From our friends at the Gloucestershire Badger Office:
As the foxhunting season starts to draw to a close, groups are beginning to focus more time on sett-surveying, sett-checking and preparing for the expected further roll-out this year. Many lessons have been learned over the last 4 years and we will continue to learn and adapt our tactics in order to target culling and other forms of wildlife persecution.
Whatever happens in the ‘original’ Gloucestershire cull zone, Gloucestershire Badger Office intends to keep fighting within the ‘northern zones’ and to give advice and support to zones further afield. We received leaked documents some time ago regarding a potential new zone that would become active this year and locals in the area are working hard on researching and preparing for the cull in that area. We will let them announce it when they’re ready to…
In the meantime, we wanted to share parts of the documents received to reiterate a few of the things we spotted over the last few years. For example, much like our own work, someone will be centrally plotting setts on maps for the zone.
The NFU will still be around to assist but the main body of work is to be done locally. For example, sett-surveying is to be done by the landowners themselves (or those they have nominated) – setts are to be marked on maps using red crosses and the training session which must be completed prior to sett-surveying the land will be around 2 hours long.
The first year of culling in Gloucestershire saw a huge number of new vehicles and shooters coming in from other areas as contractors. Over the following 2 years we saw far fewer ‘outsiders’ being brought in. From year 2 onwards we were aware that much more of the actual culling work was being done by locals, landowners and their friends themselves. This is the case for new zones as lessons have been learned from the original pilot areas… landowners themselves will be their own contractors, trapping and shooting or ‘free-shooting’ badgers themselves. They can also nominate someone to act as a contractor for them, for example if they do not have the required firearms licence. Of course, this allows for a contractor to work for more than one landowner, potentially then working in more than one zone. We believed this would happen in the ‘northern zones’ (Glos, North Cots, Here) which was later confirmed as being the case with some contractors and it may be seen in other areas where different zones are close together.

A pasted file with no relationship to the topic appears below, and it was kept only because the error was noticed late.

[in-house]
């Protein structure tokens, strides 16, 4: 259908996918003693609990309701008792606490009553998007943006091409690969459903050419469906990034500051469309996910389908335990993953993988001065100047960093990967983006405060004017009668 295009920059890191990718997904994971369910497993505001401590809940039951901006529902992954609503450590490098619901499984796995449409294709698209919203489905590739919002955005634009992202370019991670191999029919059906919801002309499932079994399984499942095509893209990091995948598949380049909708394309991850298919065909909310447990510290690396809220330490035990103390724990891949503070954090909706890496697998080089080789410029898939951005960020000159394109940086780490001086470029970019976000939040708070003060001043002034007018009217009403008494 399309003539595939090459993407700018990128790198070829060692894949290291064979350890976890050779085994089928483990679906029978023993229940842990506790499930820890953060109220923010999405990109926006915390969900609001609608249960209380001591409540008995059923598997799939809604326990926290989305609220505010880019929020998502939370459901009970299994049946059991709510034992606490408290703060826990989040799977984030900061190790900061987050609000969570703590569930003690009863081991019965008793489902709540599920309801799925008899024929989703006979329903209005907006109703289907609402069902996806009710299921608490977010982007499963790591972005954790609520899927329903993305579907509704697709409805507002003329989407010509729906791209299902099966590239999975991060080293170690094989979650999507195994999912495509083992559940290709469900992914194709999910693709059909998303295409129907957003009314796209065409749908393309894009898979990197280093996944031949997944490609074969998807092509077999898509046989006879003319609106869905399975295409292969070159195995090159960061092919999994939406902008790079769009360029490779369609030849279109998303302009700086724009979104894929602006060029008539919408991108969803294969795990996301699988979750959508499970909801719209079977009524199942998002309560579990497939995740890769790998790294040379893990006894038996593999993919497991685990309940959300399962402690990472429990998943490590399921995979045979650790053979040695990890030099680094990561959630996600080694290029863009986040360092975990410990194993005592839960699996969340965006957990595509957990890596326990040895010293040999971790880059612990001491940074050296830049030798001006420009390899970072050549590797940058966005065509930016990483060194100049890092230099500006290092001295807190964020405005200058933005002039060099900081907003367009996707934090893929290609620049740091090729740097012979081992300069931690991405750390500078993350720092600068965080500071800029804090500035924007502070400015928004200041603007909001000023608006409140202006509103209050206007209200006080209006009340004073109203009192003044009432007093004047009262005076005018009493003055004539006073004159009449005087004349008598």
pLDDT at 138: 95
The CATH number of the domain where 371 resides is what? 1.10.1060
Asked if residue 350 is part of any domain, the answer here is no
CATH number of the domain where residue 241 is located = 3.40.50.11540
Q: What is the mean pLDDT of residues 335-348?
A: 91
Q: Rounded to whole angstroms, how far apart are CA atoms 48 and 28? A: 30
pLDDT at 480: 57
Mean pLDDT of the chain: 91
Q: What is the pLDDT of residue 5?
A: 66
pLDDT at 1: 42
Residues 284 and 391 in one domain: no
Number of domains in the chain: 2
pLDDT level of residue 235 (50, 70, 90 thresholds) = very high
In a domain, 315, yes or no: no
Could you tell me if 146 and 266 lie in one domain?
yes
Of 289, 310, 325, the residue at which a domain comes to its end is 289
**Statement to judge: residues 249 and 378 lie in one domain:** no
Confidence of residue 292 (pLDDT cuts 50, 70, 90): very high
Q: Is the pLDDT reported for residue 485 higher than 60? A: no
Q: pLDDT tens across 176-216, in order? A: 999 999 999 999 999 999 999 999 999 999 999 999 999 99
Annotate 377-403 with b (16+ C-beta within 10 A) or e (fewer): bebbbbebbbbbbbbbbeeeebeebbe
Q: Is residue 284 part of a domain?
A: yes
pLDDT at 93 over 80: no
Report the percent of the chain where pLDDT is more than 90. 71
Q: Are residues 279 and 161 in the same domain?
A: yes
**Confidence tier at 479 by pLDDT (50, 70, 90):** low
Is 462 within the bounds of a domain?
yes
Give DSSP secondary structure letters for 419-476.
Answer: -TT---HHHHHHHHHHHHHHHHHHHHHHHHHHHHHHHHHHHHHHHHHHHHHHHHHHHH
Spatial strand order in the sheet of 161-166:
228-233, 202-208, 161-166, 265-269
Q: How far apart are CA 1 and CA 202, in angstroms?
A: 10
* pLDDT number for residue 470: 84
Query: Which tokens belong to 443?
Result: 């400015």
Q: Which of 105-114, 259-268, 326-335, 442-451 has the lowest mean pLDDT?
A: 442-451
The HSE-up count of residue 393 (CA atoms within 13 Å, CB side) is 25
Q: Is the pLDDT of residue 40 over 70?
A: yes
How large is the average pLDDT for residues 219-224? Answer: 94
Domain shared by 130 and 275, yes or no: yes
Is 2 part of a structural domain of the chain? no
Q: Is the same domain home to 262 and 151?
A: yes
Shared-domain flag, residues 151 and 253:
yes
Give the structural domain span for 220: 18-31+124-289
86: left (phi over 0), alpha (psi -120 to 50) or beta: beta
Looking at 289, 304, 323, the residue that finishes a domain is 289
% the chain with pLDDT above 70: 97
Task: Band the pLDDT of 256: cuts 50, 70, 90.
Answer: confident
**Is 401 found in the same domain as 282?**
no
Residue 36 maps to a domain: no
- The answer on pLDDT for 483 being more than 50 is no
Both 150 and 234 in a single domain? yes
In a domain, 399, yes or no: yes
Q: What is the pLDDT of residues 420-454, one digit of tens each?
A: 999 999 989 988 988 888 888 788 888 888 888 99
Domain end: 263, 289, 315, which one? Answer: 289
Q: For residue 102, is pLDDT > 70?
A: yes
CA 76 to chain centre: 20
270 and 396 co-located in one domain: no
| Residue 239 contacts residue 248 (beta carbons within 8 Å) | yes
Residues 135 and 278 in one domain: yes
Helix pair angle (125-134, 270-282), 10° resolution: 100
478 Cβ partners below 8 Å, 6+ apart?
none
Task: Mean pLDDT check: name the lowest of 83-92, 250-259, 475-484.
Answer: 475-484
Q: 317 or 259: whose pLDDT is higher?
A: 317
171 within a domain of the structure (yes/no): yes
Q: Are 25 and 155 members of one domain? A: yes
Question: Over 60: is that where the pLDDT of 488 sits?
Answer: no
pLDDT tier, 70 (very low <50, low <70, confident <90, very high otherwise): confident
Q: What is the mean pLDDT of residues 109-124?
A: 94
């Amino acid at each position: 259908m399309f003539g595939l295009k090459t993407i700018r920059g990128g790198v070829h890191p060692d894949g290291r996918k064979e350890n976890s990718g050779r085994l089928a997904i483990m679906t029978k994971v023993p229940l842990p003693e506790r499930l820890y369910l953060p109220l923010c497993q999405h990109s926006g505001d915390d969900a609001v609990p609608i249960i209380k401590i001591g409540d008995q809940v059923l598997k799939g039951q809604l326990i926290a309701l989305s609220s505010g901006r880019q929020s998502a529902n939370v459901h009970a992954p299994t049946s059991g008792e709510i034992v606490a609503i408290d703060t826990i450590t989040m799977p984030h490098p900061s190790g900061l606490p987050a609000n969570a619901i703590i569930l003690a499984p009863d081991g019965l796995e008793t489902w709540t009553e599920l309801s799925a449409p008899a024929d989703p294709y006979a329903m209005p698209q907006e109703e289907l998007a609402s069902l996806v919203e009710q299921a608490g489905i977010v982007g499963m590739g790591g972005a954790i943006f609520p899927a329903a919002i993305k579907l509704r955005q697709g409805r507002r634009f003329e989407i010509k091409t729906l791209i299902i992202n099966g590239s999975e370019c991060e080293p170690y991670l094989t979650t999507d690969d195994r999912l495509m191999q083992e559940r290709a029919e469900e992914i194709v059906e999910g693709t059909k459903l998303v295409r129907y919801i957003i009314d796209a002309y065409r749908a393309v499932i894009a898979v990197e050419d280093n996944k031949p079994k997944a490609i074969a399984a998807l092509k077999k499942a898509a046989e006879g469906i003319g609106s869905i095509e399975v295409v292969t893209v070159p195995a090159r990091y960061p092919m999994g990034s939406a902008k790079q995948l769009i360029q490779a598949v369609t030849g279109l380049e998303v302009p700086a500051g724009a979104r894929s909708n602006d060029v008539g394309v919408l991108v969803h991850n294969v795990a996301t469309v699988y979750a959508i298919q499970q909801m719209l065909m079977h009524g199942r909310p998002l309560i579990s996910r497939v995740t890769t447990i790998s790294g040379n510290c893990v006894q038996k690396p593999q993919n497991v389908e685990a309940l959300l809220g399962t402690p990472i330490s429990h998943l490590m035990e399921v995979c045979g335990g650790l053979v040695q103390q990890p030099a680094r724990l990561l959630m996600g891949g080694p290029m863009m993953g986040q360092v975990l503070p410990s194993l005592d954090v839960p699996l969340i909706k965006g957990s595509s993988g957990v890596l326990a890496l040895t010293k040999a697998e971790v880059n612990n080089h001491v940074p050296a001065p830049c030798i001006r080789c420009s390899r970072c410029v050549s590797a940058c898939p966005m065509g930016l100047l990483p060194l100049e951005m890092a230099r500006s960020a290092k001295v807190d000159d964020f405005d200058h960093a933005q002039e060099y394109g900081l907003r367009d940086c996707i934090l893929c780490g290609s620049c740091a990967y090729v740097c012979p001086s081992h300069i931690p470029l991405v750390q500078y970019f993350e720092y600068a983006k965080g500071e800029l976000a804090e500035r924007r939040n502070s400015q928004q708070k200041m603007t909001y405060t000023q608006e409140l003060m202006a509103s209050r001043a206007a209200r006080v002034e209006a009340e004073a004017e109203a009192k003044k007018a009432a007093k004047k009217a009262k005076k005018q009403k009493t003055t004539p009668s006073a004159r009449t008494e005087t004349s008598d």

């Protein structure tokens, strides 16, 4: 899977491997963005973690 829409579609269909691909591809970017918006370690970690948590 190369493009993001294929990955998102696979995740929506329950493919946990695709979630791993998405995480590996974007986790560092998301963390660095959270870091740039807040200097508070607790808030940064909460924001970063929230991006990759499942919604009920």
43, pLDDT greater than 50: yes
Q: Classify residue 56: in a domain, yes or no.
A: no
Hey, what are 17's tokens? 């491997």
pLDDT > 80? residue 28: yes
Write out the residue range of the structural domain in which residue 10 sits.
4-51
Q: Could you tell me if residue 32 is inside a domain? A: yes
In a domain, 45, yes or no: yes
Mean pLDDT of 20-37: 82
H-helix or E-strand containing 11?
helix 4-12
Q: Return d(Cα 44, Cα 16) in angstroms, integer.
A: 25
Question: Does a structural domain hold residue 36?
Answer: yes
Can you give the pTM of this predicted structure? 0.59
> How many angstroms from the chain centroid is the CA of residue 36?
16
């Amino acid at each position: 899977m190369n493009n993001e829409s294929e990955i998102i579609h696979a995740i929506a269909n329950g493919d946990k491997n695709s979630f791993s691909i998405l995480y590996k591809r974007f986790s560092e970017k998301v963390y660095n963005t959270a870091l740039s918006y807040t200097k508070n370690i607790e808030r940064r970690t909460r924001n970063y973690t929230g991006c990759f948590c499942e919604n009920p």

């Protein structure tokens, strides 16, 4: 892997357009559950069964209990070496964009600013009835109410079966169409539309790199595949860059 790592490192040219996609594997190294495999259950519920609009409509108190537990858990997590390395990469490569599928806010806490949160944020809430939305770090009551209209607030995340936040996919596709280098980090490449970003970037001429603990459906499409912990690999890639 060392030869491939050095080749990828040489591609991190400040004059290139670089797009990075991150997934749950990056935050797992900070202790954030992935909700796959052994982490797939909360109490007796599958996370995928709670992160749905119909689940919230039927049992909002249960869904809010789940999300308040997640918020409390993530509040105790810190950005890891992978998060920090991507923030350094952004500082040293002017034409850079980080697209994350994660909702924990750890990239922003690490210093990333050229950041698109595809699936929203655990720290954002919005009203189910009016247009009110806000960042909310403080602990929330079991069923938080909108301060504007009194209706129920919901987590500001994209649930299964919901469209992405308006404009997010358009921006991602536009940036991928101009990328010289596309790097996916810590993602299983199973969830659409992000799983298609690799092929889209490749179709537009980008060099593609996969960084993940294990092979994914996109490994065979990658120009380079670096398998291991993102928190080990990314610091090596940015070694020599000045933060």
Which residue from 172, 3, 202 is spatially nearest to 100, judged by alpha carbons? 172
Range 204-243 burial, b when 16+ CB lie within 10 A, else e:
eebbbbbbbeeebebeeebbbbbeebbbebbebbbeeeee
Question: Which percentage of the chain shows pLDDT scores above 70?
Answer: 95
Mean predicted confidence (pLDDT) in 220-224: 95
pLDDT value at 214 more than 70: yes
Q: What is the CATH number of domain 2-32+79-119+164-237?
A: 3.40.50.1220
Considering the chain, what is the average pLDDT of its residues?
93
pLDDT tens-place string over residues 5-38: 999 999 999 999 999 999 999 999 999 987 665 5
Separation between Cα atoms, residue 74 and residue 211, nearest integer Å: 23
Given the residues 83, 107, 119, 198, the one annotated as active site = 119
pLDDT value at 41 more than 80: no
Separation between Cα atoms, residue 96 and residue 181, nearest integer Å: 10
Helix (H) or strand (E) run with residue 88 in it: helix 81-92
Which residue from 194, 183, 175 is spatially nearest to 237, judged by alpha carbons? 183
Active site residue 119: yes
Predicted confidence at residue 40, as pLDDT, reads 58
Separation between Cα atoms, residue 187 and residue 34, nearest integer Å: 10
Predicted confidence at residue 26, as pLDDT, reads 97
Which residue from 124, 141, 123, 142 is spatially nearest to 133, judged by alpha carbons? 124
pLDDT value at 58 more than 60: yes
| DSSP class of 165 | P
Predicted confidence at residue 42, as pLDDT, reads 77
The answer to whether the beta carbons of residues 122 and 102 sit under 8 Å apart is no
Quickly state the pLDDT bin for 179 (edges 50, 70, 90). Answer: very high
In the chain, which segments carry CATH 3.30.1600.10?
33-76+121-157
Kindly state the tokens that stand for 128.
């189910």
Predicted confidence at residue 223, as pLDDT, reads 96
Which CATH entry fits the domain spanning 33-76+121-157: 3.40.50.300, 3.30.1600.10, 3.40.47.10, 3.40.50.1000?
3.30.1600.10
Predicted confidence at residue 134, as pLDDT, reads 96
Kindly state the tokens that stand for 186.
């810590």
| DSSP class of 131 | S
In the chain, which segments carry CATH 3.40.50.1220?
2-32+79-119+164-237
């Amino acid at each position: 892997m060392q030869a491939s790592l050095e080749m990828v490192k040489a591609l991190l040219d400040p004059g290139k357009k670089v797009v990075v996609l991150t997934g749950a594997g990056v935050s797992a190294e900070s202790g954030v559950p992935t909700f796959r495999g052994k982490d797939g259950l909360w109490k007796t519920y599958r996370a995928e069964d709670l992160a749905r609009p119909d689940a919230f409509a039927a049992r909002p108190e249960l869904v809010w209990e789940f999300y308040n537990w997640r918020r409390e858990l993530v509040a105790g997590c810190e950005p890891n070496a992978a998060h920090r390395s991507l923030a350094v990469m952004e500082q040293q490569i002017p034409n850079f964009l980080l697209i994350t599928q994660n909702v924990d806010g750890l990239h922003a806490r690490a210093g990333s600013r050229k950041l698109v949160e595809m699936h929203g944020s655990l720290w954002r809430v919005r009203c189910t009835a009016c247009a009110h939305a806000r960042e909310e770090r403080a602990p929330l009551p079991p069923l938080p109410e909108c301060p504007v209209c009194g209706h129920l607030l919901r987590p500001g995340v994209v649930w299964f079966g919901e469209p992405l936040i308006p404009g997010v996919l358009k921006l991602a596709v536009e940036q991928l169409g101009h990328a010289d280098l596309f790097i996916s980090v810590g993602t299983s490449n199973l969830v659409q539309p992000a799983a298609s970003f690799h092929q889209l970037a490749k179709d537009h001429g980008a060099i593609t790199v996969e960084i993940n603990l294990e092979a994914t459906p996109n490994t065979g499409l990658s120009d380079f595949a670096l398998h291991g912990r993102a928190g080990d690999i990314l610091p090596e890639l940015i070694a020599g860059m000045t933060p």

Cage-trapping is encouraged as “it is discrete and effective” – another ‘lesson learned’ from original zones.
If land is rented and has a tenancy of less than 4 years, the landlord must countersign in order for culling to take place on that land. However, if the tenancy is longer than 4 years the landlord does not have to countersign for it.
– 70% enrolment is still required in each area (i.e. 70% of the land considered ‘the zone’ must be signed up to the cull)
– each participant must be signed up for a 4-year commitment
– as in the current cull zones, there will be several disposal areas for bodies – mainly farms, but local hunts may also be used*
*considering the recent news of the Kimblewick hunt hounds contracting tb and given the number of breaches of cull guidelines by contractors observed in the various cull zones over the last few years surely this should be reconsidered
Watch this space for more information and for our upcoming ‘local groups advice’. With roll-out spreading further we believe that local-led initiatives against wider wildlife persecution is going to be the way forward. More on that soon…